Anarchism: The belief that government and private property should be abolished. Also the concept that people should be allowed to live in free associations, sharing work and its products.
Anarchism is essentially an ideology that rejects authority, recognizing it as vehicle that deprives citizens of liberty. Since governments are often associated with authority, it is a common assumption that anarchy implies chaos and absence of government. However, this is not necessarily true. Anarchism will permit government, providing that it serves the people satisfying individual liberty. The moment a government endeavors to restrict liberty and implement command, is the moment it is no longer desired. The concept stresses that free associations are imperative and it also recognizes that the nature of man is innately good. Too believe otherwise would compromise the safety of individuals. Anarchists rationalize in today's society that people who commit crimes, do so as a product of authority. Had they lived in an anarchist community, irrational behavior would not be present because all people are good and equal.
The philosophy of Anarchism has theoretical roots in two English philosophers: Gerrard Winstanley and William Godwin. Winstanley was a 17th-century agrarian reformer who believed that land should be divided among all the people. Godwin, on the other hand argued that authority is unnatural and that social evils arise and exist because people are not free to live their lives according to the dictates of reason. However, it was not until Pierre-Joseph Proudhon who coined the term anarchism defining its political foundations. He argued for the abolition of private property and the control of the means of production by the workers. Instead of government Proudhon desired a federal system of agricultural and industrial associations. Proudhon's theories attracted many followers, among them the Russians Mikhail Bakunin, Peter Kropotkin, and Emma Goldman; the Italian Enrico Malatesta; the Frenchman Georges Sorel; and the American Paul Goodman. These individuals all elaborated theories of anarchism based on Proudhon's work
At the time of its introduction in the 19th century, Anarchism was radically different from any other political ism. It's political strategies and principle ideologies were inconsistent from any other present at that time. However, it presence was very influential throughout Europe and Russia. It played a decisive role during the Russian revolution. Anarchism also bore greatly affected the industrial revolution and the Spanish civil war.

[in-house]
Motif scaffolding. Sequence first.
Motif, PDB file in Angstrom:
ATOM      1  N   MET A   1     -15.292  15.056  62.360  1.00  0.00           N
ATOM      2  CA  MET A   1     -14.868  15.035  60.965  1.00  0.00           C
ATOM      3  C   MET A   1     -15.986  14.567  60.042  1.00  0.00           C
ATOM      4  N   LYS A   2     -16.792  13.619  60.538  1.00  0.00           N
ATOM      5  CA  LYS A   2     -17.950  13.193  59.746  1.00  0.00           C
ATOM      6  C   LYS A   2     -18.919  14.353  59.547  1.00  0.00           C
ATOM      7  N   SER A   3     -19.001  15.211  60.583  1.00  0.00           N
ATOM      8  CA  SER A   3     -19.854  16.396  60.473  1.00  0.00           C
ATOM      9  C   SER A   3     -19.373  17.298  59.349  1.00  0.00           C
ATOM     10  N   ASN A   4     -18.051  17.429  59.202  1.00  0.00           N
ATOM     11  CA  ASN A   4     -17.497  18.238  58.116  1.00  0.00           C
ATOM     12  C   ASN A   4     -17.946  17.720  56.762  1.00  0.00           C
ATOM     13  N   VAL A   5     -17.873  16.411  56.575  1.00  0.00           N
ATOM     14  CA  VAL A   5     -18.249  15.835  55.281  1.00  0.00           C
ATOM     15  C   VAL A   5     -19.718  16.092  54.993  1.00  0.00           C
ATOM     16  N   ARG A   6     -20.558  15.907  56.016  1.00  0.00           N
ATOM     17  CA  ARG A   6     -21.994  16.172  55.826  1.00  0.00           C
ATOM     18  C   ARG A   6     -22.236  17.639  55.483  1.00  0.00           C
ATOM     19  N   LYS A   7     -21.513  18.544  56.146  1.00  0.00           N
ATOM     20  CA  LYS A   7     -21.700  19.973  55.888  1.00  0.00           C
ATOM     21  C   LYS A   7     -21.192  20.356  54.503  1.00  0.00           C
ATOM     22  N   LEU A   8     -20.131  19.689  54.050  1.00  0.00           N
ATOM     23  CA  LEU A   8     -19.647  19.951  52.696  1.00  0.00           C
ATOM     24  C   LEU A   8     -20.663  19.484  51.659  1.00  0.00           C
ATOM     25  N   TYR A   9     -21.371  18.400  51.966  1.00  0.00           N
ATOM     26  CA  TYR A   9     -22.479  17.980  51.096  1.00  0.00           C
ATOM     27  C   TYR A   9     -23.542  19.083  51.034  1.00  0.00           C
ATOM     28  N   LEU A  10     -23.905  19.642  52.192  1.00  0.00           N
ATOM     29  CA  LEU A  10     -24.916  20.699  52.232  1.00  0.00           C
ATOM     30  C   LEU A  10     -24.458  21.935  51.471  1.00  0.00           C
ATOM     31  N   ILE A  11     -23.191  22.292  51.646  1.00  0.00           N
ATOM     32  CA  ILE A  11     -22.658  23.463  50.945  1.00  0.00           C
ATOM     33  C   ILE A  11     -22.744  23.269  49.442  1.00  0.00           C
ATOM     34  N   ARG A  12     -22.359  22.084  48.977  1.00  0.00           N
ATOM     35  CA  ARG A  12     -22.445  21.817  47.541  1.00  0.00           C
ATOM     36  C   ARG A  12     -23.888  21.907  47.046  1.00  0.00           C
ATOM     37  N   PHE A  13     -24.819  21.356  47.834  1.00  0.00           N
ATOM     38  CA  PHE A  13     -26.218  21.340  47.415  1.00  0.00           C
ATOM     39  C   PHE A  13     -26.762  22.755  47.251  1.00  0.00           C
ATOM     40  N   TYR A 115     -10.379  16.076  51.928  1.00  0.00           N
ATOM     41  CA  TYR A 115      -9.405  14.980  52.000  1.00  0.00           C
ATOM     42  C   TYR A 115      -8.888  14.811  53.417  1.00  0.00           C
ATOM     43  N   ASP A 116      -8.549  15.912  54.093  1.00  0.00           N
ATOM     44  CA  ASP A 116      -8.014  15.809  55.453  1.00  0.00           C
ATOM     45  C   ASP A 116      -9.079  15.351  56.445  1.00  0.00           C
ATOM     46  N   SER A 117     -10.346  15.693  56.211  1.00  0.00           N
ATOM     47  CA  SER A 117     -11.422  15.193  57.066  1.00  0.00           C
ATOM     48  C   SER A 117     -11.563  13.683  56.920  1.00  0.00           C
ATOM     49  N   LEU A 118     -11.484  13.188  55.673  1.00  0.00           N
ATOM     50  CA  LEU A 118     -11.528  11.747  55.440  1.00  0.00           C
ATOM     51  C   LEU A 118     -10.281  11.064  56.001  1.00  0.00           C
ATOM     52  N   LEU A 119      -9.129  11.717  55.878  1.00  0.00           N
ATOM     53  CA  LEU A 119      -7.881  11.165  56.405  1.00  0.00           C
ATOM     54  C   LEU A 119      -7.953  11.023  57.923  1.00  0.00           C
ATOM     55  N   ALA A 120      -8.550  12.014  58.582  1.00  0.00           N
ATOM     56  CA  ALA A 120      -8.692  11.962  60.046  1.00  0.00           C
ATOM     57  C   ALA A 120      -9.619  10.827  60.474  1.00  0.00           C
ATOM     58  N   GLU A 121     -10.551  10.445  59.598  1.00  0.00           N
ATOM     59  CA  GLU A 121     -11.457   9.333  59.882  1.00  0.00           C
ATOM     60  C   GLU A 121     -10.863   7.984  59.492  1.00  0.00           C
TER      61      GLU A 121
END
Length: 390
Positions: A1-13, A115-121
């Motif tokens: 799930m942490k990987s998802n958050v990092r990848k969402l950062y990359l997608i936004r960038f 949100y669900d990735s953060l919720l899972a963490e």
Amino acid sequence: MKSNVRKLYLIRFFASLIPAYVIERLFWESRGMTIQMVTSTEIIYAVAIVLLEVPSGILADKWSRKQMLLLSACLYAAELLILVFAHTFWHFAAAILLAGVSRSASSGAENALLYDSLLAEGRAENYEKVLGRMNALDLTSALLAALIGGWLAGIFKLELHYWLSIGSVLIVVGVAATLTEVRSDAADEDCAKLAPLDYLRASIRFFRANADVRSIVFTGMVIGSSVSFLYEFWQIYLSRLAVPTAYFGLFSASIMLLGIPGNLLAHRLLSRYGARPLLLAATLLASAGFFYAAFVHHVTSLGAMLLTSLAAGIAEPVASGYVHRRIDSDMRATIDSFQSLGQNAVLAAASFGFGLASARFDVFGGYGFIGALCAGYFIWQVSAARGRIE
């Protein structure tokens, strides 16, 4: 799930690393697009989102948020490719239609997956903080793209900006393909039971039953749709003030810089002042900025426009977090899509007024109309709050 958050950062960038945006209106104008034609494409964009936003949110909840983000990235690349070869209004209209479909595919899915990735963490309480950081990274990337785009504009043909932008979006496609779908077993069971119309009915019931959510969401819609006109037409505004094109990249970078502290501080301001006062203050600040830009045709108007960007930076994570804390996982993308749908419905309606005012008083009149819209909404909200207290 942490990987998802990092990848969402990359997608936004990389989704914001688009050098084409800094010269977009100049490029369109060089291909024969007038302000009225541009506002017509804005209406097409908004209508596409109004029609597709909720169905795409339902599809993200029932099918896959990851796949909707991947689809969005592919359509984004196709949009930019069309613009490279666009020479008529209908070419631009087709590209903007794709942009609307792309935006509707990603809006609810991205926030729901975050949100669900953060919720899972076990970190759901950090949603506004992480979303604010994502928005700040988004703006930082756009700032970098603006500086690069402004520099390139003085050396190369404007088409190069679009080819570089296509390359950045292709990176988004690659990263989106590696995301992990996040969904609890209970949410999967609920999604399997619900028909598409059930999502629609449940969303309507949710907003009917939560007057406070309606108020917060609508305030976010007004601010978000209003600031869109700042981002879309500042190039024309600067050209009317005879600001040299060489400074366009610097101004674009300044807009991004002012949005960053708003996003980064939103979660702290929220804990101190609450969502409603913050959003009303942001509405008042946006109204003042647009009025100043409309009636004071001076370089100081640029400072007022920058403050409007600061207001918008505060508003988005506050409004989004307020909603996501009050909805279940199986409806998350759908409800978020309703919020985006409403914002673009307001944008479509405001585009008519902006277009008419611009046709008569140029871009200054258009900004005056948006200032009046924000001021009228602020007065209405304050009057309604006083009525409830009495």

After World War II Anarchism lost the majority of it's appeal but at present it still retains a following. One such leader of this following is a political theorist named Noam Chomsky. A professor at MIT, Noam has written several papers on Anarchism. The implementation of Anarchism is however rarely practised. One example could be considered a set of communes established in Israel called a Kibbutz. Here, equality governs, and liberty is the mandate of the organisation. Things are shared here and authority is rejected as a governing force.
Anarchism, like any major ism, is a utopian ideology. One, which could never be achieved, but can be attempted. It stresses a society where people are equal and suppression bears no relevance. The goodness of humankind is emphasised in this philosophy and the theory tries to acknowledge man for what he truly is: responsible. Anarchism has helped to influence the Russian and Industrial revolution providing a theoretical model that people could actually strive to achieve. I n other words, Anarchism is something to believe in, a perfect society for a perfect world.
More information on Anarchism can be found in these sources:
Anarchism:FromTheory to Practice_, translated by Mary
Klopper. New York: Monthly Review Press, 1970.
Richards,Vernon. _Lessons of the Spanish Revolution_ (1936--1939).
Enlarged ed. London: Freedom Press, 1972.
Rocker, Rudolf. _Anarchosyndicalism_. London: Secker & Warburg, 1938.
Rosenberg, Arthur. _A History of Bolshevism from Marx to the First
Five Years' Plan_. Translated by Ian F. Morrow. New York: Russell &
Santillan, Diego Abad de. _After the Revolution_. New York: Greenberg
Scanlon, Hugh. _The Way Forward for Workers' Control_. Institute for
Workers' Control Pamphlet Series, no. 1, Nottingham, England, 1968.
Tucker, Robert C. _The Marxian Revolutionary Idea_. New York: W. W.
Norton & Co., 1969.